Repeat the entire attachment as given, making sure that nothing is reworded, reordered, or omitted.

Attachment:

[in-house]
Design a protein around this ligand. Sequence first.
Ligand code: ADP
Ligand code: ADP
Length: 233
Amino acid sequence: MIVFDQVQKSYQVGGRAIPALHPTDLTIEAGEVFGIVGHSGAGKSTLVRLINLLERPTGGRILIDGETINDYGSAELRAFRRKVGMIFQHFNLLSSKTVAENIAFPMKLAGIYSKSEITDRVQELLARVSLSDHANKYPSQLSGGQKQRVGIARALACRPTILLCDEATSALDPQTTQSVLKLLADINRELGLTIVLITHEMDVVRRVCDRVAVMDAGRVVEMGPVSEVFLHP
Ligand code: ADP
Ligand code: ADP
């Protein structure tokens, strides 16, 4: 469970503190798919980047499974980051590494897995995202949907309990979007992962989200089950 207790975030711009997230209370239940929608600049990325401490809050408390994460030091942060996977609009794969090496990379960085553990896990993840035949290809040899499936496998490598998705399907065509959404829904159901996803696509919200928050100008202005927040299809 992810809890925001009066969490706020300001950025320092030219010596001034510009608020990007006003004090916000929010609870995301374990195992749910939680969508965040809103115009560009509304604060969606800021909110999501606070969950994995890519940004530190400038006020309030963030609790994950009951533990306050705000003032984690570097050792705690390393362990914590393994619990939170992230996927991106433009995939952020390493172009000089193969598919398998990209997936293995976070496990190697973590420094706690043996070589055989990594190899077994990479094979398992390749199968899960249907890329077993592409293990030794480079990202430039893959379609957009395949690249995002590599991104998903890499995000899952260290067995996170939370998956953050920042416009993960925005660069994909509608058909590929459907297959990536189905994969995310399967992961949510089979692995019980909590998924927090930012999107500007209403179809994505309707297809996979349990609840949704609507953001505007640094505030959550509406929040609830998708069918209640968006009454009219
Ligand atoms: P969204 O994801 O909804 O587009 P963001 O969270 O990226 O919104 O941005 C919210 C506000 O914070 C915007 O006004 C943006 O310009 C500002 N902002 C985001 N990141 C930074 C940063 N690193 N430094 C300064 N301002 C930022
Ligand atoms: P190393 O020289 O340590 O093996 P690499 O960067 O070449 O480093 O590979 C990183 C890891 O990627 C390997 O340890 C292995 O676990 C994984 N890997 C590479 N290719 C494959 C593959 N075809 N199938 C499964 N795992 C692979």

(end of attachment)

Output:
[in-house]
Design a protein around this ligand. Sequence first.
Ligand code: ADP
Ligand code: ADP
Length: 233
Amino acid sequence: MIVFDQVQKSYQVGGRAIPALHPTDLTIEAGEVFGIVGHSGAGKSTLVRLINLLERPTGGRILIDGETINDYGSAELRAFRRKVGMIFQHFNLLSSKTVAENIAFPMKLAGIYSKSEITDRVQELLARVSLSDHANKYPSQLSGGQKQRVGIARALACRPTILLCDEATSALDPQTTQSVLKLLADINRELGLTIVLITHEMDVVRRVCDRVAVMDAGRVVEMGPVSEVFLHP
Ligand code: ADP
Ligand code: ADP
């Protein structure tokens, strides 16, 4: 469970503190798919980047499974980051590494897995995202949907309990979007992962989200089950 207790975030711009997230209370239940929608600049990325401490809050408390994460030091942060996977609009794969090496990379960085553990896990993840035949290809040899499936496998490598998705399907065509959404829904159901996803696509919200928050100008202005927040299809 992810809890925001009066969490706020300001950025320092030219010596001034510009608020990007006003004090916000929010609870995301374990195992749910939680969508965040809103115009560009509304604060969606800021909110999501606070969950994995890519940004530190400038006020309030963030609790994950009951533990306050705000003032984690570097050792705690390393362990914590393994619990939170992230996927991106433009995939952020390493172009000089193969598919398998990209997936293995976070496990190697973590420094706690043996070589055989990594190899077994990479094979398992390749199968899960249907890329077993592409293990030794480079990202430039893959379609957009395949690249995002590599991104998903890499995000899952260290067995996170939370998956953050920042416009993960925005660069994909509608058909590929459907297959990536189905994969995310399967992961949510089979692995019980909590998924927090930012999107500007209403179809994505309707297809996979349990609840949704609507953001505007640094505030959550509406929040609830998708069918209640968006009454009219
Ligand atoms: P969204 O994801 O909804 O587009 P963001 O969270 O990226 O919104 O941005 C919210 C506000 O914070 C915007 O006004 C943006 O310009 C500002 N902002 C985001 N990141 C930074 C940063 N690193 N430094 C300064 N301002 C930022
Ligand atoms: P190393 O020289 O340590 O093996 P690499 O960067 O070449 O480093 O590979 C990183 C890891 O990627 C390997 O340890 C292995 O676990 C994984 N890997 C590479 N290719 C494959 C593959 N075809 N199938 C499964 N795992 C692979």